Information Security for Radicals Workshop

Sat, 07/06/2013 - 2:00pm - 5:00pm
The Teardown
80 Mayson Ave NE
Atlanta, GA
United States

The government is watching.  No matter who you are, the NSA is intercepting and storing all of your electronic communications.  Phone calls, emails, txts, web browsing, and more.

Hackers and privacy activists have warned about this for years, but the NSA documents leaked by Edward Snowden are forcing all of us to confront the reality: we have no rights on the network.

Don't despair!  The government won't grant you privacy, but you can still have it if you're willing to fight for it.  In order to fight, you have to learn about the network, about the tools available to you, and how to use them.  There's a lot to learn, but with help from each other, we can figure it out.

This is a workshop, not a training - there won't neccesarily be one instructor presenting a lesson to everyone else.  Instead, we will all help each other learn, install and use secure communication tools.

We want to learn and teach about things like:

  • Being more anonymous online
  • Sending encrypted (secret) messages
  • Avoiding and resisting censorship
  • How network surveillance works

* Whether you just got your first computer or are a veteran hacker, all levels of experience are welcome.

* If you have a portable computer and/or a smartphone, please bring it.


Contact: marlon {a) riseup .net


Re: Information Security for Radicals Workshop


I mispoke, I meant the password used to decrypt the harddrive encryption key/GPG private key/etc, not the encryption key itself.

I agree that this doesn't matter in the case of a "man in the middle" (spying ISP for example), in the case of a seized computer, the decryption password for an encrypted drive or the decryption password for one's GPG private key is very important.

Re: Information Security for Radicals Workshop

RE: comment on encryption being only as strong as the key length

While key length is important, the actual cipher used is a much bigger factor. I can set up a long DES key, but if you're using DES, your encryption isn't strong. Comparatively, an equal length AES key would be much stronger. 

This has nothing to do with setting passwords, as most passwords get hashed when they are stored, and hashing any password is going to produce the same length digest.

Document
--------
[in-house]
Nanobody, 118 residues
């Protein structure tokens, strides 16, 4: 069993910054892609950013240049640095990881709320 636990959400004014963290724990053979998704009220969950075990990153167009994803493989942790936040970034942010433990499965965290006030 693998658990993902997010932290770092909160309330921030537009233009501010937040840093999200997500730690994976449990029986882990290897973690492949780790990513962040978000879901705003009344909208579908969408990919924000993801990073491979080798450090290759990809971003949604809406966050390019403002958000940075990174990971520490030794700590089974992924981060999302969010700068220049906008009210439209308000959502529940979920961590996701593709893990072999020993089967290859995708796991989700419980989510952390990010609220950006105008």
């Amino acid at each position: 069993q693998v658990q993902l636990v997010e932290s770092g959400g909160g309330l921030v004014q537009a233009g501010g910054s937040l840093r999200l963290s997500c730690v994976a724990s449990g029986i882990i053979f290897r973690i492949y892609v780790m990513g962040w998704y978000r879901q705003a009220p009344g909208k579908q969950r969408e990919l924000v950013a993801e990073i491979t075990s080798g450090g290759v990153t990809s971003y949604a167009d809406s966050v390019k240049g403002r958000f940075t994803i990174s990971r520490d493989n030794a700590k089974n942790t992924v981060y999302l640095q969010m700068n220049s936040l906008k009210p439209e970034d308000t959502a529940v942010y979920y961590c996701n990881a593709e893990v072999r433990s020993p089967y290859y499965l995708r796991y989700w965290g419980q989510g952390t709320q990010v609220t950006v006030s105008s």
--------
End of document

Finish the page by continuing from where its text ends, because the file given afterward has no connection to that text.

Unfortunately I'm unable to make it to this on Saturday - I'll be out of town - but I'll keep my eye out for the next meeting. 

Re: Information Security for Radicals Workshop


One's encryption is only as strong as one's encryption key though,... something to keep in mind when setting your passwords.


In the interest of information security though, I would recommend avoiding closed-source software whenever possible/practical (since closed-source software cannot be reviewed for backdoors and other security flaws by your peers like free/open source software can.)

So rather than learning photoshop, try learning Gimp instead. Rather than play or mod closed-source games, try free/open source alternatives.

Re: Information Security for Radicals Workshop

NSA reports  being unable to detect encrypted info

Re: Information Security for Radicals Workshop

I wish I could go to this, but alas, I have to work. I will go to the next one if I can!

For those who are motivated to do more, here are some fun ways to learn more about computers and their many uses:

  • play videogames (and if possible mod them!)
  • pirate software (maybe a videogame or two)
  • learn Photoshop (perhaps a pirated copy, double wammy)
  • learn a code language
  • learn how to animate
  • scan your hand-drawn artwork (perhaps for sale or just to have digital copies)
  • sell stuff online (that you've made or scrounged, perhaps)

A less than fun way is to intentionally organize your computer files so that everything is in a neat and tidy place. If computers seem like hostile aliens to you, this is a good way to make them a bit more familiar.

Always remember most of your computer problems can be googled for troubleshooting. Doing this yourself is the best way to learn in my experience but having someone to help you is always nice.


So stoked


I'm very excited for this to be happening! I hope that everyone interested and available attends. It's so important.

Re: Information Security for Radicals Workshop

The idea is that if there is enough interest, this will be a recurring event.  There's far too much to learn in one session anyway, and the security situation is always changing.  We need to make this kind of study a continuous practice.

Re: Information Security for Radicals Workshop

I sooo want to come but cant make this round can you schedule another for a couple months out or can you set up another to do it one on one?